Scientists Say Blue Laser Process May Quadruple Optical Disk Storage
LOS ANGELES (AP) _ Researchers at IBM say they have found a new way to produce blue laser light that could squeeze four times as much information on computer optical disks.
Moving the process from the lab to an end product is years away, Michael Ross, a spokesman for International Business Machines Corp., said Thursday.
Nevertheless, analysts and manufacturers said IBM could reap big profits if the process helps the optical storage industry, still in its infancy, take its place beside magnetic disks and tape.
Current optical disks use infrared diode lasers to make marks as small in diameter as 0.8 microns. A micron is a millionth of a meter.
Scientists from IBM’s Almaden Research Center in San Jose used a quarter- inch-long potassium niobate crystal to convert infrared light to blue laser light, which has half the wavelength.
The blue laser can focus on a spot 0.4 microns in diameter, half the diameter of a conventional laser. That potentially could permit an optical disk to hold four times more information - the equivalent of perhaps 800 Bibles on a 5 1/4 -inch disk.
William J. Kozlovsky, an IBM research staff member, and Wilfried Lenth, manager of advanced lasers, told the Conference on Lasers and Electro-Optics in Anaheim Thursday that the process was at least five times more efficient than others at converting electricity into blue light.
″It’s almost the Holy Grail of the optical data storage industry,″ said Bob Abraham of Freeman Associates Inc., Santa Barbara-based consultants to data storage companies. ″It’s been long recognized that the wave length of the laser beam has been the big limiting factor.″
He said IBM had been researching optical disk technology for years, although the company today produces only magnetic disks.
″It may be a few years yet before we see products,″ Abraham said. ″But whether they choose to manufacture or license it they’re likely to be making a great deal of money.″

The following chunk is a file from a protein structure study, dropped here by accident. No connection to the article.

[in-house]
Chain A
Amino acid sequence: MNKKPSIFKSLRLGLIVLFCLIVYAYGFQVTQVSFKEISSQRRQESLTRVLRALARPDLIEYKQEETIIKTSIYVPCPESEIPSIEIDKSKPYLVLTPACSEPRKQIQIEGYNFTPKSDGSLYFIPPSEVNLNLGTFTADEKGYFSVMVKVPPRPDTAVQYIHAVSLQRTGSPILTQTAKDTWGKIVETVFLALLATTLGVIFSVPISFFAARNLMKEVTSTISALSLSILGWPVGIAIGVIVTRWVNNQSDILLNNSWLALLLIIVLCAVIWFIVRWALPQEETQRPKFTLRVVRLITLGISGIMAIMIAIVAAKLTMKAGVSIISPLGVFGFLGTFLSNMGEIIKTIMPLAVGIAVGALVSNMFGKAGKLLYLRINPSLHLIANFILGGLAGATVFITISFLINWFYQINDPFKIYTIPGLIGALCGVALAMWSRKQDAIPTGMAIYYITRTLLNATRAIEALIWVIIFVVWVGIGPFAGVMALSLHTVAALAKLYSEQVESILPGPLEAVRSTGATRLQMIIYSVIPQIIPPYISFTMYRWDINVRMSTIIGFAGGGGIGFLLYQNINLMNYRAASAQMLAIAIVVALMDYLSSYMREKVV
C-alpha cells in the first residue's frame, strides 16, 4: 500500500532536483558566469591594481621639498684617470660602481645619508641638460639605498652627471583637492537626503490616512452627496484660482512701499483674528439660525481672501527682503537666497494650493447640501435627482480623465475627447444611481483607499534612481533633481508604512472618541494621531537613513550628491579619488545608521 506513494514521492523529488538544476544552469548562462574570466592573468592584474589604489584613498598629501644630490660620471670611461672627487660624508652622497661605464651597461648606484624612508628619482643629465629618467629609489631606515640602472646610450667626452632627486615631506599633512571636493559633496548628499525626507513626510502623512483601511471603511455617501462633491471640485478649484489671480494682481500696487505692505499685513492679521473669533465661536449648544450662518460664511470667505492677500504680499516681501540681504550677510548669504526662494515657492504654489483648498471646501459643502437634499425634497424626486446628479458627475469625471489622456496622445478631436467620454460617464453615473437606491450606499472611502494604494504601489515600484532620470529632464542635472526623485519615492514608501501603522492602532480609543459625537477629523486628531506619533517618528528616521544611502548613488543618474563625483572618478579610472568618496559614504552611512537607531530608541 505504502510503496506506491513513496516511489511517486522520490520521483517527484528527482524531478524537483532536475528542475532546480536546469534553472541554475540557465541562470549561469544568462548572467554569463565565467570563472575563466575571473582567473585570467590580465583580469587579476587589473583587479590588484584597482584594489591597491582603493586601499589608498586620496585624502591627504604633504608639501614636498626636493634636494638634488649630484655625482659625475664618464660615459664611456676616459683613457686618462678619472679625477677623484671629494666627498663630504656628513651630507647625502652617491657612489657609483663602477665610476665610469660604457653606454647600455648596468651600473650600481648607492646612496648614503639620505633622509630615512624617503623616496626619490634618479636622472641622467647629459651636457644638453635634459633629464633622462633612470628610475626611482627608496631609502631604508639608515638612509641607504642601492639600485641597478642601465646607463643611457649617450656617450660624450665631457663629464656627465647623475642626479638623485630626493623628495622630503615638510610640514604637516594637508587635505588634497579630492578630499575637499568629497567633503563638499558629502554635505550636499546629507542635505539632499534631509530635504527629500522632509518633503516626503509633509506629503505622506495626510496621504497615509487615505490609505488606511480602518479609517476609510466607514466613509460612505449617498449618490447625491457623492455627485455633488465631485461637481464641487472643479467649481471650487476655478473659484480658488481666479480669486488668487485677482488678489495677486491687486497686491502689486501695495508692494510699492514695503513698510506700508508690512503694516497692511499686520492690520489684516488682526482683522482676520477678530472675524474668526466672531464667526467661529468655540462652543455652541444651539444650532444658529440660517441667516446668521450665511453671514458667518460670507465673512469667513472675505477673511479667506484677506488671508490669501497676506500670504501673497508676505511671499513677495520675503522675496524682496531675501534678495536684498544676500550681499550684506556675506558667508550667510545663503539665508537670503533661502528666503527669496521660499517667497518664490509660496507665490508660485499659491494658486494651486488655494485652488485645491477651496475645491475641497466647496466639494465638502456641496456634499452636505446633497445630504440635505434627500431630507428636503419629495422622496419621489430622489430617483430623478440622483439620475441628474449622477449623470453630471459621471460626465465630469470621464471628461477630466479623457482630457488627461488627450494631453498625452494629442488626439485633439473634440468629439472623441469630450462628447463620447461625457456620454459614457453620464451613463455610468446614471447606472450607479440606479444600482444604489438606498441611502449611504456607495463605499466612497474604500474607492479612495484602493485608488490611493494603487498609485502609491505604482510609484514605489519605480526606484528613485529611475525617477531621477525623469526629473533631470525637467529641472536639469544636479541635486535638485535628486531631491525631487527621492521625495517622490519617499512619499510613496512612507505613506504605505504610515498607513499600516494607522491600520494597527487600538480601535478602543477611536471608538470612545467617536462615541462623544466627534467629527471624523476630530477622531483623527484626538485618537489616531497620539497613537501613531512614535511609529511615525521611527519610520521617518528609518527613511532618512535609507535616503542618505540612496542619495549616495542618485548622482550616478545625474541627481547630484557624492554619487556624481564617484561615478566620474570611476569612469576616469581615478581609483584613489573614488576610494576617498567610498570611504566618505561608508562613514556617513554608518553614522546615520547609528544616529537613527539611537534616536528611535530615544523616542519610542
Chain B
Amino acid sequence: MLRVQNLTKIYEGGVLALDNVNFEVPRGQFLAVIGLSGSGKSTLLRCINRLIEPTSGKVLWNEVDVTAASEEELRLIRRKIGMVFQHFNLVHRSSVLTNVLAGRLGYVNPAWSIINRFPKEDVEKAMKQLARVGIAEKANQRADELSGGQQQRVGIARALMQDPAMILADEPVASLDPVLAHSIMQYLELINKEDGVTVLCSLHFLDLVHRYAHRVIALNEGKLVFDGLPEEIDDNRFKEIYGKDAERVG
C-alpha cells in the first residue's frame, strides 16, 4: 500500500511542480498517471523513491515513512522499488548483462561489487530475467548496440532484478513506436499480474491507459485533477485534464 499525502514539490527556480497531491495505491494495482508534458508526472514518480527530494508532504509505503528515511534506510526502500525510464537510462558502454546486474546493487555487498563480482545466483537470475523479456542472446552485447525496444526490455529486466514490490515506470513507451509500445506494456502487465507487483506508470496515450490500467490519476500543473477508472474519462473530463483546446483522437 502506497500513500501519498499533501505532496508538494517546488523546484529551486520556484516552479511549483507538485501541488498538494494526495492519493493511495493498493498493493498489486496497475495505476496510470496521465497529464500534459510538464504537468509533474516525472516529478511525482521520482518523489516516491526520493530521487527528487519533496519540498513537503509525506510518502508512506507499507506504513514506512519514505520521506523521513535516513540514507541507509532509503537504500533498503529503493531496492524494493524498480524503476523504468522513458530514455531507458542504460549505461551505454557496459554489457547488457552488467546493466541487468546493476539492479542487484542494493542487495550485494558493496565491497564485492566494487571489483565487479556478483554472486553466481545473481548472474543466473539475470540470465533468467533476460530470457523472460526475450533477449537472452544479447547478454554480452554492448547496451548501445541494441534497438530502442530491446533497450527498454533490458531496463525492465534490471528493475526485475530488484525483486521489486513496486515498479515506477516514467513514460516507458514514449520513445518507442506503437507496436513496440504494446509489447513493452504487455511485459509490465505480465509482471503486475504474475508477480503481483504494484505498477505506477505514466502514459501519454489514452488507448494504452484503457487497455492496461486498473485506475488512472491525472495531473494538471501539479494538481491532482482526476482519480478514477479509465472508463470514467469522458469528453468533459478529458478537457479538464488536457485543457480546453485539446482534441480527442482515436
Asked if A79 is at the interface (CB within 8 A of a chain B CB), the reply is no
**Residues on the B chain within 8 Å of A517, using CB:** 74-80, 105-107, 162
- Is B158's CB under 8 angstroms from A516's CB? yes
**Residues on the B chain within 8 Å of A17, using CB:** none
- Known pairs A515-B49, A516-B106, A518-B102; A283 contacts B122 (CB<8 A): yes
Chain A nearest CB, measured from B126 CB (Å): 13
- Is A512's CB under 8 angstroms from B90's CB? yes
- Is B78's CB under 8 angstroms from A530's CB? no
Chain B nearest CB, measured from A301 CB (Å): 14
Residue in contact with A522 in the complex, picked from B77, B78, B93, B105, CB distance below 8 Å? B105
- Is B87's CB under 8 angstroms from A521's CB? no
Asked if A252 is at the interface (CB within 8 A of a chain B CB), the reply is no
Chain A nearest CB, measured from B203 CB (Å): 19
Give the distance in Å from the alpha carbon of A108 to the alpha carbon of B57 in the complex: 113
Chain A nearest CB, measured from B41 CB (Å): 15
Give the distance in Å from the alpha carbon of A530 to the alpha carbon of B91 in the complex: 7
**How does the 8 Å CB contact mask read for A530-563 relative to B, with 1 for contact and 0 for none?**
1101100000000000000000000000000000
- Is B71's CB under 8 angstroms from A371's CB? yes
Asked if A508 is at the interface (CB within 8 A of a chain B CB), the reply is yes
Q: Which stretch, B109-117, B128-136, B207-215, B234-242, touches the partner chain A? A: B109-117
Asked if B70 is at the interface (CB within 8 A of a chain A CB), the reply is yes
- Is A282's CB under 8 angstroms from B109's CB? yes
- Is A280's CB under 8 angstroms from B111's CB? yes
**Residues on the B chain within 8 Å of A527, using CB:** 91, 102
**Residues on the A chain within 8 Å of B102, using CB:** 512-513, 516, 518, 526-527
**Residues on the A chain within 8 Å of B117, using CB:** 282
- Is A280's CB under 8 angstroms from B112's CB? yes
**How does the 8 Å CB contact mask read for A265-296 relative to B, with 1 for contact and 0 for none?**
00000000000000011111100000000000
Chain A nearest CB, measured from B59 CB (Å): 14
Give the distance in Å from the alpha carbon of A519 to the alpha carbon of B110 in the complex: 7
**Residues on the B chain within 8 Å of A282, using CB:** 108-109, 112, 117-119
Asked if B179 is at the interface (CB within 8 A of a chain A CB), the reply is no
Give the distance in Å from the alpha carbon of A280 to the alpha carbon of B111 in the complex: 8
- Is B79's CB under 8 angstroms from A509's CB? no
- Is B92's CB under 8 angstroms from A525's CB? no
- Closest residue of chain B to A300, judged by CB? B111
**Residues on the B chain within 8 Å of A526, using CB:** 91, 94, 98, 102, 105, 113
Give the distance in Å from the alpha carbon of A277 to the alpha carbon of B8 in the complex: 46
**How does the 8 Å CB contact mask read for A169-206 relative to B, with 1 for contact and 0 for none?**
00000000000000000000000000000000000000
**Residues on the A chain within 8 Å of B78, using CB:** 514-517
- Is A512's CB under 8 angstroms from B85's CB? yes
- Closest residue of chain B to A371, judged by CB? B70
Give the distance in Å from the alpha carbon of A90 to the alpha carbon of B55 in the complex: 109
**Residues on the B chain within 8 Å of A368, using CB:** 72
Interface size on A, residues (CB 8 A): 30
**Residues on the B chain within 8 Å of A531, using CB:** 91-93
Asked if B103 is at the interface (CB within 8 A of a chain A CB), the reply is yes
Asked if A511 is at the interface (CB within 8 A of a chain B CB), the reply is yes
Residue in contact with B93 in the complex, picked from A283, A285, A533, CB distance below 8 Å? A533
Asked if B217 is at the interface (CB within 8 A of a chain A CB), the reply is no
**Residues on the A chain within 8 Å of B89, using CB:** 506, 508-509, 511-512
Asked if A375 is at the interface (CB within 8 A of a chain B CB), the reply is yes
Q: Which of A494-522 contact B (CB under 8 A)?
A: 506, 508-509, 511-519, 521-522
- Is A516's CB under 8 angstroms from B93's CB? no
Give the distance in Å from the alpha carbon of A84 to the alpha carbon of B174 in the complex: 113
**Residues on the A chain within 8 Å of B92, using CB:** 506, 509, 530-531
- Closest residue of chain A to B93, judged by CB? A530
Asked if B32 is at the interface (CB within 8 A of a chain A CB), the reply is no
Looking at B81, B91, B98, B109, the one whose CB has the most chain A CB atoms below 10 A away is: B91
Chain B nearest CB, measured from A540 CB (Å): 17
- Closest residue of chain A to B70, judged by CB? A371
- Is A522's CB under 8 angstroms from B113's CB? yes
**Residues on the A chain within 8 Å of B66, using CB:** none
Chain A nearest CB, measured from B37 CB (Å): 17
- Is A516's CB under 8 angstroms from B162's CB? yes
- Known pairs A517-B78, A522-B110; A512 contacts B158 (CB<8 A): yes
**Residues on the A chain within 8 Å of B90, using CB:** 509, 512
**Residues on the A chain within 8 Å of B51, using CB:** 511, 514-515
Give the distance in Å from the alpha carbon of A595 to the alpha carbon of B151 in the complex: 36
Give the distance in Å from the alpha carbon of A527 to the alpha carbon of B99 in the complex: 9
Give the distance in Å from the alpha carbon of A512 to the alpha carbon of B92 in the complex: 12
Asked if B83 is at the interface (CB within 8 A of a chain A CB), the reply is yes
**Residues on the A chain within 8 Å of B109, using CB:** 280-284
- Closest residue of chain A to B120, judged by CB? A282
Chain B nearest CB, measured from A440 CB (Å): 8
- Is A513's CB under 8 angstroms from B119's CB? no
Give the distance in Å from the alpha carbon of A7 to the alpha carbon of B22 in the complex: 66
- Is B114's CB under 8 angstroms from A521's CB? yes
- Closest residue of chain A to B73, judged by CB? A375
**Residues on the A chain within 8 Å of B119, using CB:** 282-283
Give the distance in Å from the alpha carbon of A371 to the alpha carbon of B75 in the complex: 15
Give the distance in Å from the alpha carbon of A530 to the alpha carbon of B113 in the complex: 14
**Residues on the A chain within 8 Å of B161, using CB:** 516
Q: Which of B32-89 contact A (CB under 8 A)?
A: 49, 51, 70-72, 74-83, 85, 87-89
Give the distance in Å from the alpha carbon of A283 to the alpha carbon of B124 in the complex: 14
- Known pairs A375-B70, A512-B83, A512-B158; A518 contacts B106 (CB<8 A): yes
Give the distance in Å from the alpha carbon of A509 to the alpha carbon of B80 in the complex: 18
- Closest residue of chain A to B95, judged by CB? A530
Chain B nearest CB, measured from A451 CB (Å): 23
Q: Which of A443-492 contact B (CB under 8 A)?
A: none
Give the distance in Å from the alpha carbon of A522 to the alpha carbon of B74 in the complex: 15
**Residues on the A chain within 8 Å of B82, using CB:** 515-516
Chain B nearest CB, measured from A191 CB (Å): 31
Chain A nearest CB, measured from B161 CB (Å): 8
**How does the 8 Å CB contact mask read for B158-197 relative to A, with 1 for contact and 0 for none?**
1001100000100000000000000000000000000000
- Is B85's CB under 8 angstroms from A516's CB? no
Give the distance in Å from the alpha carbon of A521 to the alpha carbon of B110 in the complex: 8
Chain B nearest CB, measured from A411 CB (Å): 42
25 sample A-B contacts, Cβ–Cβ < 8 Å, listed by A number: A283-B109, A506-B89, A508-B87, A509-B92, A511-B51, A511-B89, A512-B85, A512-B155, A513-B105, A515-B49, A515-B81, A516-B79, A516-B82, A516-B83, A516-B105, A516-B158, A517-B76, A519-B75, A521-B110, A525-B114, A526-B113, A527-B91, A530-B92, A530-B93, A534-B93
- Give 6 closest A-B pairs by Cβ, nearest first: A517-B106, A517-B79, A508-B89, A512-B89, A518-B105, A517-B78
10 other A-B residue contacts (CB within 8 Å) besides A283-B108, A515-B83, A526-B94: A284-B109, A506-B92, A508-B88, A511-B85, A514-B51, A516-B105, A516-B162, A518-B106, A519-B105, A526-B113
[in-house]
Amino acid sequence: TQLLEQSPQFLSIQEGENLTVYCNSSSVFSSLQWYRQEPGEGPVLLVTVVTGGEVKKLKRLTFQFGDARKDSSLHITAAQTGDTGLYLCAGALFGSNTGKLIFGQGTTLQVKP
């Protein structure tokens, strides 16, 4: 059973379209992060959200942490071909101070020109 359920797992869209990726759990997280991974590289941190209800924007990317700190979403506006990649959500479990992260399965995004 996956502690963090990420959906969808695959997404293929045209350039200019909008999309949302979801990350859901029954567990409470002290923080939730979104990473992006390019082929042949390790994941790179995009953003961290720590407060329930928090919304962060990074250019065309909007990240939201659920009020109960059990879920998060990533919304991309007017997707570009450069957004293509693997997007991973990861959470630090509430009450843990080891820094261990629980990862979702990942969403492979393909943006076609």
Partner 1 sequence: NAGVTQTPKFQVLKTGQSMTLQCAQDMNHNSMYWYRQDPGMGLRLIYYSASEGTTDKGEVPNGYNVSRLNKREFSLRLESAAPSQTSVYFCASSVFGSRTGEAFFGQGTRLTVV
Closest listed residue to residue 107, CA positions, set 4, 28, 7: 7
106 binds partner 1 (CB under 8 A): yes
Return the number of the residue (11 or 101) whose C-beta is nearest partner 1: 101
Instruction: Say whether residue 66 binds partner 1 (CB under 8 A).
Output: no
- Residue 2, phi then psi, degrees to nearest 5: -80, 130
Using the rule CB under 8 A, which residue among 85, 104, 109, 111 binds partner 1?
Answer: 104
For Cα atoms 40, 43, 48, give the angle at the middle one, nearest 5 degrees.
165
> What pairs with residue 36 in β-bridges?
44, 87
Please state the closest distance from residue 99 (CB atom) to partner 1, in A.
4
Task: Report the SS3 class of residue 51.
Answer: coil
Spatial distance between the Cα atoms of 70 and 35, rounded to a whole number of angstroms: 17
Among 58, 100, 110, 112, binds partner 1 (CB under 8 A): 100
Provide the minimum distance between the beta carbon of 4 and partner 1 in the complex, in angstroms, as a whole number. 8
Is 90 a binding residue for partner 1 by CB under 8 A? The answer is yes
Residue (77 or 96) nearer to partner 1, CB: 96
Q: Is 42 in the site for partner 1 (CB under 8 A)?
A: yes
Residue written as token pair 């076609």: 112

Optical disks, which look much like CDs or the small storage disks used in many PCs, can store enough data to replace whole tape libraries of computer information. Optical storage is a more secure way to store data than magnetic disks because it is much harder to erase accidentally.
One U.S. company that already makes optical disks, and would be interested in licensing the rights if IBM’s process becomes practical, is Maxoptics, a division of San Jose-base Maxtor Corp.
″At this point it’s a little early to tell how useful it’s going to be but it certainly appears the potential is there to quadruple the information stored,″ said Joe Davis, Maxtor’s vice president of advanced product planning.
″We eagerly await more information so we can begin studying it,″ Davis said.
The storage capacity of both optical and magnetic disks has reached stunning levels.
Maxtor recently began shipping a 5 1/4 -inch optical disk that can store the equivalent of 200 Bibles, Davis said. It also markets what he said was the highest-capacity storage disk in the world, a magnetic disk that can handle the equivalent of 400 Bibles.
Davis said that even if the improved optical disk pans out, it’s far too early to write off magnetic disks, particularly when information needs to be erased or written over. The storage capacity of magnetic disks, also known as Winchester disks, is now about 100 times greater than 10 years ago, he noted.
″Let’s suppose it does work out as they say,″ Davis said. ″This breakthrough took several years. Contrast that with Winchester technology, where every two years you seem to double the capacity.″